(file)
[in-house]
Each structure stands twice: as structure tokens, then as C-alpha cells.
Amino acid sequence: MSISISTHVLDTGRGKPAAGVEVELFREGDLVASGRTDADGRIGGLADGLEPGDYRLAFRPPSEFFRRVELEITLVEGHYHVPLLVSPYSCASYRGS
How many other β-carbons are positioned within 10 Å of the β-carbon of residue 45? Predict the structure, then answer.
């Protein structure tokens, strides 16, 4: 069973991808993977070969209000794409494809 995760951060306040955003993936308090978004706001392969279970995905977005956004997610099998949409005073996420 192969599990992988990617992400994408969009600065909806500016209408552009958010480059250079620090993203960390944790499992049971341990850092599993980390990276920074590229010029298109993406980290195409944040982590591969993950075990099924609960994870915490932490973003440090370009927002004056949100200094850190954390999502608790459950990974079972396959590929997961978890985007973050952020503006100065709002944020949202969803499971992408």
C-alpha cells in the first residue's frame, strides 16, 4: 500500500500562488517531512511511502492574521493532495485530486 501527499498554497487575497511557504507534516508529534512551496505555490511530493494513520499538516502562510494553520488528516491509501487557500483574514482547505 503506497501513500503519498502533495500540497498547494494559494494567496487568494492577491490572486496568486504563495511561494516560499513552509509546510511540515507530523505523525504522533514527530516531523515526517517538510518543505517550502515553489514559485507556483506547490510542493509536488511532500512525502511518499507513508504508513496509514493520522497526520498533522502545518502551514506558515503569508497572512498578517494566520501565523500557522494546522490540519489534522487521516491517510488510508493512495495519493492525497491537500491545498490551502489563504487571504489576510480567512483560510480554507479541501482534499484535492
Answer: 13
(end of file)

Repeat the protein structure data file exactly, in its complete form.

[in-house]
Each structure stands twice: as structure tokens, then as C-alpha cells.
Amino acid sequence: MSISISTHVLDTGRGKPAAGVEVELFREGDLVASGRTDADGRIGGLADGLEPGDYRLAFRPPSEFFRRVELEITLVEGHYHVPLLVSPYSCASYRGS
How many other β-carbons are positioned within 10 Å of the β-carbon of residue 45? Predict the structure, then answer.
């Protein structure tokens, strides 16, 4: 069973991808993977070969209000794409494809 995760951060306040955003993936308090978004706001392969279970995905977005956004997610099998949409005073996420 192969599990992988990617992400994408969009600065909806500016209408552009958010480059250079620090993203960390944790499992049971341990850092599993980390990276920074590229010029298109993406980290195409944040982590591969993950075990099924609960994870915490932490973003440090370009927002004056949100200094850190954390999502608790459950990974079972396959590929997961978890985007973050952020503006100065709002944020949202969803499971992408």
C-alpha cells in the first residue's frame, strides 16, 4: 500500500500562488517531512511511502492574521493532495485530486 501527499498554497487575497511557504507534516508529534512551496505555490511530493494513520499538516502562510494553520488528516491509501487557500483574514482547505 503506497501513500503519498502533495500540497498547494494559494494567496487568494492577491490572486496568486504563495511561494516560499513552509509546510511540515507530523505523525504522533514527530516531523515526517517538510518543505517550502515553489514559485507556483506547490510542493509536488511532500512525502511518499507513508504508513496509514493520522497526520498533522502545518502551514506558515503569508497572512498578517494566520501565523500557522494546522490540519489534522487521516491517510488510508493512495495519493492525497491537500491545498490551502489563504487571504489576510480567512483560510480554507479541501482534499484535492
Answer: 13